United States

Optimizing your AML controls to keep them aligned with your risks

Periodic tuning of controls improves results, creates efficiencies


How often do you assess and tune your AML monitoring controls, specifically the automated scenarios and thresholds within your AML system, to ensure that they are still aligned with your evolving risk environment? For too many financial institutions, the answer is not often enough. Failing to keep your monitoring controls aligned with your risks can mean your people are wasting time and resources on unnecessary alerts. It may also mean that you are missing suspicious or illicit activities you should be catching, thus opening your institution to unwanted legal and regulatory attention, as well as reputational risk.

When and how often should you review and tune your AML monitoring scenarios thresholds?

To keep your AML system aligned with your risks, you should assess and tune your scenarios and thresholds on at least three occasions:

  • When AML systems and tools are installed. This may seem obvious, but some financial institutions simply leave AML systems on their default settings when they are installed. The range of risks and issues that help to determine appropriate settings are too broad and too unique to the geography, customer base, products and services of each bank for default settings to be appropriate. At best, you will end up overwhelming your personnel with unnecessary alerts. At worst, you will miss activities you should catch and face regulatory scrutiny.

  • When events occur that affect and change your AML risk profile. Anytime your institutions undergo a change that could materially affect your AML risk profile, you should revisit your controls to ensure they are appropriate. Obvious instances would be a merger or acquisition, expansion into new markets and higher-risk customer types, the addition of new products or services, and changes with customer activity.

  • At least annually. Even absent a clear event that changes your AML risk profile, over time, risks evolve. You should revisit your AML monitoring program at least annually to ensure it still provides adequate coverage over the financial institution’s monitoring priorities identified in the most current risk assessments.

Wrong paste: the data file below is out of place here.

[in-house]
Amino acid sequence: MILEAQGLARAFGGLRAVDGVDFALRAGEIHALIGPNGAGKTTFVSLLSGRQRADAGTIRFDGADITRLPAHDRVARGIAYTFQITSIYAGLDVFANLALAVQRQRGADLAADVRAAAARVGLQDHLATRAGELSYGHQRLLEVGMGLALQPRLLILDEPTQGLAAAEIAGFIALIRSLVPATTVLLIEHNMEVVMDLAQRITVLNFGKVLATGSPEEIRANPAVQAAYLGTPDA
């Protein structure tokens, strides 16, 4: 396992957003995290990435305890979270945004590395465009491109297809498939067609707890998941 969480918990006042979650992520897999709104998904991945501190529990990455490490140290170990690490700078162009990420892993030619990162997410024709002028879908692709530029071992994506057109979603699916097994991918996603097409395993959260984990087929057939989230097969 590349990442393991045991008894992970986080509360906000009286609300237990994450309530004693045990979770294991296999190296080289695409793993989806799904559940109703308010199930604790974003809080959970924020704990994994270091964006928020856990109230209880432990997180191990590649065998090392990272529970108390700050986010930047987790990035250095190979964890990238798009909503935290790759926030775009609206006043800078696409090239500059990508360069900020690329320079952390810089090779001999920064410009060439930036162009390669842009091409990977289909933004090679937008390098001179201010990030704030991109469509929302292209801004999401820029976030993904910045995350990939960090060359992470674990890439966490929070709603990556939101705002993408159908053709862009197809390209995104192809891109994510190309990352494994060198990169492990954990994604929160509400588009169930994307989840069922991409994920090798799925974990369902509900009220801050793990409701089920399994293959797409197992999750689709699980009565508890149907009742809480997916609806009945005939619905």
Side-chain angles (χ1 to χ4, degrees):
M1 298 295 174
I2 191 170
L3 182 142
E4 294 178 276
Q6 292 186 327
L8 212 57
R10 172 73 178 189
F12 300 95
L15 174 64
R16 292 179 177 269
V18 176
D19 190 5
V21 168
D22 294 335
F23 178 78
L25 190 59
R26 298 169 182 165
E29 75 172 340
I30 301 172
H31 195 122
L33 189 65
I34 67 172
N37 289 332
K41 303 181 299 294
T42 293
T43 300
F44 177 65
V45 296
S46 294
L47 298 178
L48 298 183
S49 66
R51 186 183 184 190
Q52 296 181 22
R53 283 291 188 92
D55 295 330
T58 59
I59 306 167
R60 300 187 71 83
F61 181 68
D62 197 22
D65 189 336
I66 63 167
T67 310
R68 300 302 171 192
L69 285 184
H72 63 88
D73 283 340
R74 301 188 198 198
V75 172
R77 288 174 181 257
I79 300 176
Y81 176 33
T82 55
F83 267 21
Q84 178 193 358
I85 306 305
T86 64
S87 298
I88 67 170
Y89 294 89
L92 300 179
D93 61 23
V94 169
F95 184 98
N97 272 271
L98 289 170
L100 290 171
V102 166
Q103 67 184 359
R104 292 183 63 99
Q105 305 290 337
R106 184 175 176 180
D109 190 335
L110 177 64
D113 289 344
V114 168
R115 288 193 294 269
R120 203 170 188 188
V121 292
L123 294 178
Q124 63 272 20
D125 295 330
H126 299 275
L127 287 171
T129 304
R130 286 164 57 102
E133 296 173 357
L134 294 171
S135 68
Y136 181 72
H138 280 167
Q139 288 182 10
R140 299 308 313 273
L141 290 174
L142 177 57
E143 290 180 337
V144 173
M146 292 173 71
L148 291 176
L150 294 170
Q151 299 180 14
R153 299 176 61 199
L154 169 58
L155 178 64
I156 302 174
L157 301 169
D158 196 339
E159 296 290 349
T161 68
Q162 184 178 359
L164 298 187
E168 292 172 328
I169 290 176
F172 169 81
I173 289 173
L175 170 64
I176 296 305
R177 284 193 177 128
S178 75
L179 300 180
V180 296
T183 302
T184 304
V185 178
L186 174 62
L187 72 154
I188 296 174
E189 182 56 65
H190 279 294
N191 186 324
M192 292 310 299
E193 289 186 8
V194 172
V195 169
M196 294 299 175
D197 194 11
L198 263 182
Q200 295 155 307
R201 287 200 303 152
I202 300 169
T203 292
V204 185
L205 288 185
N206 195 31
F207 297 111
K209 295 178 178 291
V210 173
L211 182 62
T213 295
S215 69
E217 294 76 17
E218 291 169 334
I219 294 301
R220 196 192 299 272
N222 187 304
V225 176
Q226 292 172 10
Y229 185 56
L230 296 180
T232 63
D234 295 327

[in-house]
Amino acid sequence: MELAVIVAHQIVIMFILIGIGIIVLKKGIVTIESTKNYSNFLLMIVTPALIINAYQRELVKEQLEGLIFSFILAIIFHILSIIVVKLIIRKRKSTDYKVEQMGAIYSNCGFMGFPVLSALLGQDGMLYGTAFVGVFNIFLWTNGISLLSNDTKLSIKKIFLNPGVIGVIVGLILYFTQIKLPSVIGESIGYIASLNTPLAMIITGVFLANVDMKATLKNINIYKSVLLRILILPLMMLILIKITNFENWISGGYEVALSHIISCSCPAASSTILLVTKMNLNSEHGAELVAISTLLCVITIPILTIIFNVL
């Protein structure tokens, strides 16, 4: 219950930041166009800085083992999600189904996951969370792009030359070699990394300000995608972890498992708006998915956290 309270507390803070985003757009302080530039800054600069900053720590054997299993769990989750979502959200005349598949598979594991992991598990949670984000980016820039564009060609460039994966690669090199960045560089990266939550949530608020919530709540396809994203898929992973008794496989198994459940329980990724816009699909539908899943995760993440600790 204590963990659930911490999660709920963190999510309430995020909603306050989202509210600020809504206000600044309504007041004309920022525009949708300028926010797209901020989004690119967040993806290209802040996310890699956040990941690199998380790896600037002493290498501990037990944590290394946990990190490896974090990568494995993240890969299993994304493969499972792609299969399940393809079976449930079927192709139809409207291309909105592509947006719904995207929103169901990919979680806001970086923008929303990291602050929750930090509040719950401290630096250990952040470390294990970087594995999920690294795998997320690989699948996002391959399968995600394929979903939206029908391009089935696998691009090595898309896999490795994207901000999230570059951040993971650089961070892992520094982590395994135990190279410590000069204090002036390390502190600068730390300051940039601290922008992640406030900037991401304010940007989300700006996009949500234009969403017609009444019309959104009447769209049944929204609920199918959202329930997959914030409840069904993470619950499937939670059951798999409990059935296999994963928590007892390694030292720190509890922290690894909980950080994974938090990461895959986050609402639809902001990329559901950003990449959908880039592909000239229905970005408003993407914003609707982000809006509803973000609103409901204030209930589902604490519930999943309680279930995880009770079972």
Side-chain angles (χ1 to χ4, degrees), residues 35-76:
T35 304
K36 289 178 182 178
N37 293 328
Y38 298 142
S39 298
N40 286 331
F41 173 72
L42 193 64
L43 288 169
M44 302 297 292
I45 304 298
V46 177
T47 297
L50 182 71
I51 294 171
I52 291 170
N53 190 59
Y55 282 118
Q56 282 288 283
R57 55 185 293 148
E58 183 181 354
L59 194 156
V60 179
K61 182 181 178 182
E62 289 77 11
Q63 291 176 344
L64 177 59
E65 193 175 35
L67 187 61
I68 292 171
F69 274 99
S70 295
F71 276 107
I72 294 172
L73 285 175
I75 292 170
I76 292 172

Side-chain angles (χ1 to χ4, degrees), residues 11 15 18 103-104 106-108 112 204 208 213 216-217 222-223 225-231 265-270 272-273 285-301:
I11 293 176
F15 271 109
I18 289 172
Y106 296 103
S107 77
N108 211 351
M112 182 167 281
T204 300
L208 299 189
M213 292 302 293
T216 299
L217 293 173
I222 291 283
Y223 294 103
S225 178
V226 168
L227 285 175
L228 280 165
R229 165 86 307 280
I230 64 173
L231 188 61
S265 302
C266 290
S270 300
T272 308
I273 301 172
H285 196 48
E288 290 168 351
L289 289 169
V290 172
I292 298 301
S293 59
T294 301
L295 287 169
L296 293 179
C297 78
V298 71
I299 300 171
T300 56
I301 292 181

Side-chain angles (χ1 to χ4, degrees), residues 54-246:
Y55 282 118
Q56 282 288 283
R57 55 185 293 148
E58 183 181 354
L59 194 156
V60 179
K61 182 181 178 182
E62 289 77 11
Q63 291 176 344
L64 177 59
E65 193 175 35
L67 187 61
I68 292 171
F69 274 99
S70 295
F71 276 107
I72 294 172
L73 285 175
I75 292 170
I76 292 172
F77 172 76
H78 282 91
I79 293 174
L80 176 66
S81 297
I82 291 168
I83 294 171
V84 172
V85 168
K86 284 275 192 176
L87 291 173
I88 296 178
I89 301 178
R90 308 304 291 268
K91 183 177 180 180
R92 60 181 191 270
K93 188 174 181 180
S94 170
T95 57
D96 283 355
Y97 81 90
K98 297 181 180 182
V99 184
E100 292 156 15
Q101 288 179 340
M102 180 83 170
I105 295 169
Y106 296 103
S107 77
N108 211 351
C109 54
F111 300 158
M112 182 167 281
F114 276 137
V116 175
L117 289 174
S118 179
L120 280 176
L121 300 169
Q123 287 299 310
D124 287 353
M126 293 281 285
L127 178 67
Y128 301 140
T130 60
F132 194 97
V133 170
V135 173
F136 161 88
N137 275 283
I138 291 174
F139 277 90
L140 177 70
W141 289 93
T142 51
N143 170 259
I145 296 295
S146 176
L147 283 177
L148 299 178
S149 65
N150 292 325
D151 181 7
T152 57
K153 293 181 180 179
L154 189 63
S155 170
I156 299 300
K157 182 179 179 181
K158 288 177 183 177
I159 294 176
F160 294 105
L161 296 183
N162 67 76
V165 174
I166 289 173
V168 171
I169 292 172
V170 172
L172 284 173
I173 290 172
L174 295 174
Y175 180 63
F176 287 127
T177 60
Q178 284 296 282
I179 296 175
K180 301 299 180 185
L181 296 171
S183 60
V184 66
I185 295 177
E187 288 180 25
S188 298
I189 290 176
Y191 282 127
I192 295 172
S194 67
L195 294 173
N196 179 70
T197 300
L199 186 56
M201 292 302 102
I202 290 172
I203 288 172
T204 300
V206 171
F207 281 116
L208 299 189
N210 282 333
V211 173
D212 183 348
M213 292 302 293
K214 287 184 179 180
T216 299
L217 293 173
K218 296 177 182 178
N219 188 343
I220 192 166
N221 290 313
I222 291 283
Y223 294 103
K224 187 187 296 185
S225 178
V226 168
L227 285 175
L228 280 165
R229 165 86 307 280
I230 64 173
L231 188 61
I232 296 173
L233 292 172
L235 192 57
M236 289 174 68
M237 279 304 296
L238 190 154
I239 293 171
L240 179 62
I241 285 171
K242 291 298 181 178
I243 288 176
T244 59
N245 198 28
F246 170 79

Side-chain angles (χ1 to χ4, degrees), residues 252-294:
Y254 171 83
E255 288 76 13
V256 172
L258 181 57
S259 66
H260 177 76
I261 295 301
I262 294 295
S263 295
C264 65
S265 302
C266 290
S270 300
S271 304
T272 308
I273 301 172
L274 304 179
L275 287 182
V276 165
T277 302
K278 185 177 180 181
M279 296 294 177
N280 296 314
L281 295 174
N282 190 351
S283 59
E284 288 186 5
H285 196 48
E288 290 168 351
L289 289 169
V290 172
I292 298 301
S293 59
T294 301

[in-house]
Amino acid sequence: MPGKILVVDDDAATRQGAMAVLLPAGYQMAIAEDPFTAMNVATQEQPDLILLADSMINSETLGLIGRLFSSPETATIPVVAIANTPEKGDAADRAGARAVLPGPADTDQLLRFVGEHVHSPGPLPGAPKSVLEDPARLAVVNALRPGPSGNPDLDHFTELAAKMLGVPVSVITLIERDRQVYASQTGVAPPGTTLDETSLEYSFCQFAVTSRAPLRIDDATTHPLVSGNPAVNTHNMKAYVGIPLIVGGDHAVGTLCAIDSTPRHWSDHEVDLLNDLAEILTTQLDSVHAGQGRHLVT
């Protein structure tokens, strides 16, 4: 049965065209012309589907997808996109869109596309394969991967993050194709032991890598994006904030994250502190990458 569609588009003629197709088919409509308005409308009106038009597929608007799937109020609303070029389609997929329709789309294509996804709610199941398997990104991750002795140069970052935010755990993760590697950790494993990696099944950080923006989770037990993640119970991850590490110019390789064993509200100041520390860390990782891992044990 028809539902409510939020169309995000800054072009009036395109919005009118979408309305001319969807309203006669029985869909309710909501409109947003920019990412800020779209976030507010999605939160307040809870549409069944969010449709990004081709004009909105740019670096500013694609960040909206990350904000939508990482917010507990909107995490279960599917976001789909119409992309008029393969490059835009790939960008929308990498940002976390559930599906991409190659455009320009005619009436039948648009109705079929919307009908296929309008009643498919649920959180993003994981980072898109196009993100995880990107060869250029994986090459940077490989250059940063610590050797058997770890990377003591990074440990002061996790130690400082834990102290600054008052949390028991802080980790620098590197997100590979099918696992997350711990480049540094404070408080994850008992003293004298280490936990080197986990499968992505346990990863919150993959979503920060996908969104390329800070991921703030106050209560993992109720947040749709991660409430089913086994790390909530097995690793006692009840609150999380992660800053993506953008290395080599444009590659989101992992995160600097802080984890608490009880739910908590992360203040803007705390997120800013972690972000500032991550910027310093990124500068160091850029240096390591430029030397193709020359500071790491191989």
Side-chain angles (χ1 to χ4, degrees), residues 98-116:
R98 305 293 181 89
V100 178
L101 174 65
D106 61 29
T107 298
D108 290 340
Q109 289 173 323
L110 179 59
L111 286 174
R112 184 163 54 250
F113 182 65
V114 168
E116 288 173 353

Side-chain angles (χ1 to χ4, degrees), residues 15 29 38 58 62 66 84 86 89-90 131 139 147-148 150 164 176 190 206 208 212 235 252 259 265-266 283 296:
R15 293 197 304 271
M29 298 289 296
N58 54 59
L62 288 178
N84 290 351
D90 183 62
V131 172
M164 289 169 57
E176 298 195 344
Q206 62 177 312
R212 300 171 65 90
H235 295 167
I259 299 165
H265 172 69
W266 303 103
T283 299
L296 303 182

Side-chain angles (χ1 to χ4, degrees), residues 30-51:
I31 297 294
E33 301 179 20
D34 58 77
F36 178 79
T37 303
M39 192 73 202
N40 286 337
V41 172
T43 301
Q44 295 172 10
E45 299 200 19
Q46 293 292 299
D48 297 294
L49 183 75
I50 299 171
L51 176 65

How to tune your AML monitoring controls

Consider the following questions when assessing and tuning your activity monitoring scenarios and thresholds:

  • Do we have the right resources? The right results start with having a team in place that understands both your AML environment and the tools you use to manage it. That takes a unique combination of operational, regulatory and technical experience. If you don’t have the right people to manage the process, then augment your team with the appropriate external resources.

  • What’s changed since our last review? As noted above, an acquisition or changes to your geographic exposure, customer base or products and services all can impact your AML monitoring program. Know where to focus your attention. Not all operational areas, customers or geographies are created equal. Services like wire transfers and remote deposit capture, higher-risk customers such as cash-intensive businesses, money service businesses (MSBs), third-party payment processors or increased involvement with international customers, all point to a need for increased AML attention.

  • What are our current results telling us? How many alerts does your monitoring system generate and how many of them require additional investigation? How many suspicious activity reports (SARs) are filed as a result of the activity being detected by the AML monitoring system? A robust statistical analysis of your current results can help highlight areas where you are generating too many or too few results and aid in the identification of modification opportunities that enhance the system's ability to identify illicit activity and reportable suspicious activity.

  • Are you documenting your work? Be sure to maintain timely, clear records of your AML optimization efforts so that regulators can see exactly how you are aligning your monitoring controls with your AML risks.

Benefits of tuning your AML monitoring controls

Tuning your AML monitoring controls delivers two key benefits for your organization:

  • It will make your AML function more efficient. An AML system that is appropriately tuned to your risk environment will deliver the quality of alerts that are more likely to catch suspicious activities without swamping your people with unnecessary alerts. Too many financial institutions waste resources dealing with false positives generated by poorly tuned AML systems.

  • Improved audit and examination results. It’s no secret that regulators are ramping up attention on AML compliance efforts. If you can demonstrate to your regulators and auditors that you are regularly and appropriately monitoring and optimizing your AML monitoring controls and systems to keep them aligned with your AML risk profile, you may avoid unneeded regulatory scrutiny, including supervisory letters, memorandums of understanding (MOU) and consent orders.


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